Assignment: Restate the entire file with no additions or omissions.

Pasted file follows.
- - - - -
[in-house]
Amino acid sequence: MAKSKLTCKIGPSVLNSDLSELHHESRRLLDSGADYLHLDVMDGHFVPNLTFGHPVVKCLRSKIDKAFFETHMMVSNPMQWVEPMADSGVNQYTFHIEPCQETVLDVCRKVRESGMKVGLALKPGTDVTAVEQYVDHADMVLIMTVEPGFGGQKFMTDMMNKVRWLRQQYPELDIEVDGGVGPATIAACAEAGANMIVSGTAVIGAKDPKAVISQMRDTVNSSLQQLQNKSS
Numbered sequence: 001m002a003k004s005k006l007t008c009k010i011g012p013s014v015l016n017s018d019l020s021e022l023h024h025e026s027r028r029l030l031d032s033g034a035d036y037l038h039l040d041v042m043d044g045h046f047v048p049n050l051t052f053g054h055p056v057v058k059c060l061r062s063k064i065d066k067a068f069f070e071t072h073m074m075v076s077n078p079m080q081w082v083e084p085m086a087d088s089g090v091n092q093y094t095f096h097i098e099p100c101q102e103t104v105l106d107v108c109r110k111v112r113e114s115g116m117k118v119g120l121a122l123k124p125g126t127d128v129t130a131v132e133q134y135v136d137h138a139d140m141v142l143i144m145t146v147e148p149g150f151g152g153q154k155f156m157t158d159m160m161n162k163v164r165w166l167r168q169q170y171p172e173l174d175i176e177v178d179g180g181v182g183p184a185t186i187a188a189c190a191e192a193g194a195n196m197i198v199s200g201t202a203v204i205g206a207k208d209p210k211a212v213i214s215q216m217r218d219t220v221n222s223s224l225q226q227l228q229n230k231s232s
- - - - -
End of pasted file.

[in-house]
Amino acid sequence: MAKSKLTCKIGPSVLNSDLSELHHESRRLLDSGADYLHLDVMDGHFVPNLTFGHPVVKCLRSKIDKAFFETHMMVSNPMQWVEPMADSGVNQYTFHIEPCQETVLDVCRKVRESGMKVGLALKPGTDVTAVEQYVDHADMVLIMTVEPGFGGQKFMTDMMNKVRWLRQQYPELDIEVDGGVGPATIAACAEAGANMIVSGTAVIGAKDPKAVISQMRDTVNSSLQQLQNKSS
Numbered sequence: 001m002a003k004s005k006l007t008c009k010i011g012p013s014v015l016n017s018d019l020s021e022l023h024h025e026s027r028r029l030l031d032s033g034a035d036y037l038h039l040d041v042m043d044g045h046f047v048p049n050l051t052f053g054h055p056v057v058k059c060l061r062s063k064i065d066k067a068f069f070e071t072h073m074m075v076s077n078p079m080q081w082v083e084p085m086a087d088s089g090v091n092q093y094t095f096h097i098e099p100c101q102e103t104v105l106d107v108c109r110k111v112r113e114s115g116m117k118v119g120l121a122l123k124p125g126t127d128v129t130a131v132e133q134y135v136d137h138a139d140m141v142l143i144m145t146v147e148p149g150f151g152g153q154k155f156m157t158d159m160m161n162k163v164r165w166l167r168q169q170y171p172e173l174d175i176e177v178d179g180g181v182g183p184a185t186i187a188a189c190a191e192a193g194a195n196m197i198v199s200g201t202a203v204i205g206a207k208d209p210k211a212v213i214s215q216m217r218d219t220v221n222s223s224l225q226q227l228q229n230k231s232s